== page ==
Bring college basketball back to college...and more hoop thoughts
The best early season games have been played in stale neutral-court venues
A stocking full of nuggets, including Michigan State finally getting healthy
Ohio State made it on my AP ballot this week as Davidson dropped off
On Saturday, CBS broadcast a quartet of matchups that was as good as any the network has aired during my six years working there: Duke-Xavier, Texas-Michigan State, Purdue-Davidson and UConn-Gonzaga. All of those games had two things in common. First, and most delightfully, they each featured two ranked teams.
Second, and less delightfully, they were all played on neutral courts. Duke-Xavier was in the Meadowlands in New Jersey, Texas-Michigan State was in Houston, Purdue-Davidson was in Indianapolis and UConn-Gonzaga was in Seattle.
Why all the neutrality? Well, coaches will tell you they want their teams to play in an NCAA tournament-like atmosphere, and they like to travel to big metropolitan areas where they recruit. And, while the financial incentive is less substantial than you might think, there is obvious appeal in a guaranteed six-figure payday offered by some enterprising promotional company.
Still, we all know the real reason why coaches schedule games on neutral courts: They're a lot easier to win than true road games.
Don't get me wrong, it's terrific that there are so many good games being staged in November and December, thanks mostly to the NCAA tournament Selection Committee's increased emphasis on nonconference scheduling. (It would be even better if those games didn't start until late November, but that's a column for a different day.) Still, it's a shame that all these high-powered matchups are taking place off-campus, especially since so many schools have made the investment to build wonderful arenas like Gonzaga's McCarthey Center, a gleaming, $25 million facility that was completed in 2004. The McCarthey Center may only seat about 6,000, but that is what makes it such a cozy, crazy environment.
Obviously, the city of Seattle was partial to Gonzaga (located in Spokane), so the term "neutral court" is not totally applicable. But the two-year, off-campus series has increasingly replaced the traditional home-and-home deals, and that's not a good thing. Last year, Texas and Michigan State played in The Palace of Auburn Hills instead of the Spartans' Breslin Center, one of the best places in the country to watch a game. The issue here is aesthetic as well as competitive. If Saturday's UConn-Gonzaga game was played on Gonzaga's campus instead of in Seattle's Key Arena, we wouldn't have been exposed to what will surely be the worst on-court logo you'll see all season, an enormous box touting the "Battle in Seattle" that stretched from three-point line to three-point line. The logo was put there to cover up another garish logo promoting the WNBA's Seattle Storm. Either way, it was not a pretty sight.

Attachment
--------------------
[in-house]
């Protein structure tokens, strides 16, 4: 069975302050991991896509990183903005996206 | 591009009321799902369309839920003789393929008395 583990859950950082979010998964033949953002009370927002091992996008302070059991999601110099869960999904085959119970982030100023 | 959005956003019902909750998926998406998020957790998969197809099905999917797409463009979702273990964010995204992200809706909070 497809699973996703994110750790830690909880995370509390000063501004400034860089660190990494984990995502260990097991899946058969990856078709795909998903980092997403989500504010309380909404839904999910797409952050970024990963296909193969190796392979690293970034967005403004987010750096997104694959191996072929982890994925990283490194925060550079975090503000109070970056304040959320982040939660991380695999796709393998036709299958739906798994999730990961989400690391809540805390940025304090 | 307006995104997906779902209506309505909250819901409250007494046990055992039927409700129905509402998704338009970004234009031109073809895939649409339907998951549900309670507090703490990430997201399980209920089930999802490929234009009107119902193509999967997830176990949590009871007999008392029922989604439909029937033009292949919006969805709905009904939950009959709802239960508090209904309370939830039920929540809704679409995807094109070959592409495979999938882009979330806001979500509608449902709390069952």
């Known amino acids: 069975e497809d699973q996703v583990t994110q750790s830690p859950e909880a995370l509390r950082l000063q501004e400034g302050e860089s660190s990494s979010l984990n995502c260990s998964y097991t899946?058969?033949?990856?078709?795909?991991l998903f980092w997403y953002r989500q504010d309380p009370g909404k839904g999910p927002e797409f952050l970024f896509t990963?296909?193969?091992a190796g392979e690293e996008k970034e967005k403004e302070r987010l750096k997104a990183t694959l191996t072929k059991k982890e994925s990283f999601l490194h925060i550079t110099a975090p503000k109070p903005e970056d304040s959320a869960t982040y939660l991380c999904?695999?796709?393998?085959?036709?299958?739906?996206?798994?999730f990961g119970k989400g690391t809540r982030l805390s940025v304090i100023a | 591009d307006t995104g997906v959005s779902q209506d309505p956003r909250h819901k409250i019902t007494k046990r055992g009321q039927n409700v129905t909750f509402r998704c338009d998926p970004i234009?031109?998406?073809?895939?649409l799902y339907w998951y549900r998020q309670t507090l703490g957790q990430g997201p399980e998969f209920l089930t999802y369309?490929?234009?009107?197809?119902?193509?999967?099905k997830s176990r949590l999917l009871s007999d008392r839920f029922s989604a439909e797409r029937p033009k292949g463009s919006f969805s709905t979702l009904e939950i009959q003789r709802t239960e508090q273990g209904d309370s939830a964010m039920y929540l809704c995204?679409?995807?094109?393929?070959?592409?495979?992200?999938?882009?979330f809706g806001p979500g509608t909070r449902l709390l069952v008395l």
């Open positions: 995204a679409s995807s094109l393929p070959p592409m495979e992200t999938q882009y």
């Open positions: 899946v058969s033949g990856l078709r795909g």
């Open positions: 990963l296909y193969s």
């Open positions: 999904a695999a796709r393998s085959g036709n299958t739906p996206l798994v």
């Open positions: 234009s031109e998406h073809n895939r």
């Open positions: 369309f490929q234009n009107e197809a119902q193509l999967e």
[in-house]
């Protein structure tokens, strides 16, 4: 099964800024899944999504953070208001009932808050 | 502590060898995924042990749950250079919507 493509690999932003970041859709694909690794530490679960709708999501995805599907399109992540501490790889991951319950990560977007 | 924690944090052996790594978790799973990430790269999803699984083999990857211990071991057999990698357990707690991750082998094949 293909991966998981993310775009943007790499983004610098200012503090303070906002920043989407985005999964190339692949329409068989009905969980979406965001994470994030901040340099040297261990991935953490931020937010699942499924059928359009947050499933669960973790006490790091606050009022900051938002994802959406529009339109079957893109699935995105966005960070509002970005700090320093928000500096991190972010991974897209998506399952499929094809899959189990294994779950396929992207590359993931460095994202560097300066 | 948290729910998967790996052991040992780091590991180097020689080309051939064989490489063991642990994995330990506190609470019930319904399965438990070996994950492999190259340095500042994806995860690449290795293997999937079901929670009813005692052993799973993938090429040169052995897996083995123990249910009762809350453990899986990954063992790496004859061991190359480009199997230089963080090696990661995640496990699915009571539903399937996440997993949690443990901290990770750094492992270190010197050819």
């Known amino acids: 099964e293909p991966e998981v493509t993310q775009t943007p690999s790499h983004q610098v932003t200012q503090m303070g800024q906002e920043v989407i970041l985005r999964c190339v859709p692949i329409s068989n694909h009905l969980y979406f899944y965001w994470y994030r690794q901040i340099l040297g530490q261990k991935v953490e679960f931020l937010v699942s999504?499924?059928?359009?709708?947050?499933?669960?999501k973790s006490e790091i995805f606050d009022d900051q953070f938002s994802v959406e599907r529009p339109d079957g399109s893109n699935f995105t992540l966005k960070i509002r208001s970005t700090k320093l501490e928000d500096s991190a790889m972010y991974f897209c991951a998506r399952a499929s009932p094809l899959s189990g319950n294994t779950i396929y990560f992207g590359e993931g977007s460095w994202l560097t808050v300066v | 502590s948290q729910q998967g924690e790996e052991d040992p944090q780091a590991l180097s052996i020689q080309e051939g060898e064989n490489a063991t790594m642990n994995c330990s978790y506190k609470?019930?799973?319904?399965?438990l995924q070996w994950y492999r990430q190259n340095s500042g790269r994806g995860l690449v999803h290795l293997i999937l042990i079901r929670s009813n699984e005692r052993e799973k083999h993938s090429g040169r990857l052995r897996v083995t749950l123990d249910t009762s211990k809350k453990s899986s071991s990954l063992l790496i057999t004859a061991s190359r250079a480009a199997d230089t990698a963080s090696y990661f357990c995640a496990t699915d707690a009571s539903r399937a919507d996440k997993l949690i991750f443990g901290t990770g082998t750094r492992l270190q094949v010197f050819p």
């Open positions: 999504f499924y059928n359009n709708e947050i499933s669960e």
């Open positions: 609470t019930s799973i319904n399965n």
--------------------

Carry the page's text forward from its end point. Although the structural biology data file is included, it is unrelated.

The four games on CBS were not the only ones played on neutral courts last Saturday. North Carolina met Valparaiso not at the Crusaders' Athletics-Recreation Center, where a packed crowd of 5,000 would have been at full throat, but in the United Center in Chicago, which was not even half-filled. Even more inexplicably, when Minnesota upset Louisville to remain undefeated, the Gophers celebrated not at their venerable old Williams Arena but in the University of Phoenix Stadium in Glendale, Arizona. The Minnesota-Louisville tilt was part of something called the 2008 Stadium Classic, a doubleheader that also included Arizona State's dramatic win over BYU. Imagine how much more fun that ending would have been had it not occurred in front of more than 20,000 empty seats.
The difference between campus and off-campus environments was driven home to me earlier this month, when I watched Duke play Purdue and Michigan State play North Carolina on back-to-back nights as part of the Big Ten/ACC Challenge. Even though Mike Krzyzewski is notoriously allergic to nonconference true road games (hence the Blue Devils' trip to the Meadowlands, rather than Cincinnati, to play Xavier), he took his team into Purdue's Mackey Arena. It was college sports at its best: The students had camped out, the band was pumping, the place was electric for tipoff, and the Blue Devils showed great poise in a 76-60 win.
The following night, the Spartans and the Tar Heels drew more than 20,000 fans to Detroit's Ford Field. That's a terrific crowd for a regular-season college basketball game, but in that NFL stadium, it still left more than half the seats unoccupied. (Perhaps the folks thought the Lions were playing.) The game took place at Ford Field partly to give the NCAA a logistical run-through for the Final Four. That may have been an important task, but it came with a price.
It's tough enough watching so many sparsely-attended games being played during Thanksgiving week in exotic locales, but to have all these neutral-court contests being scheduled well into December is bad for the game. I would submit to coaches that there are worse things than losing a road game. The players prefer to play in on-campus arenas, the fans have a better time there, and it makes for much better television.
The bottom line is, college basketball belongs in college. If we wanted to watch hoops played in antiseptic environments at half-empty arenas, we can watch the NBA.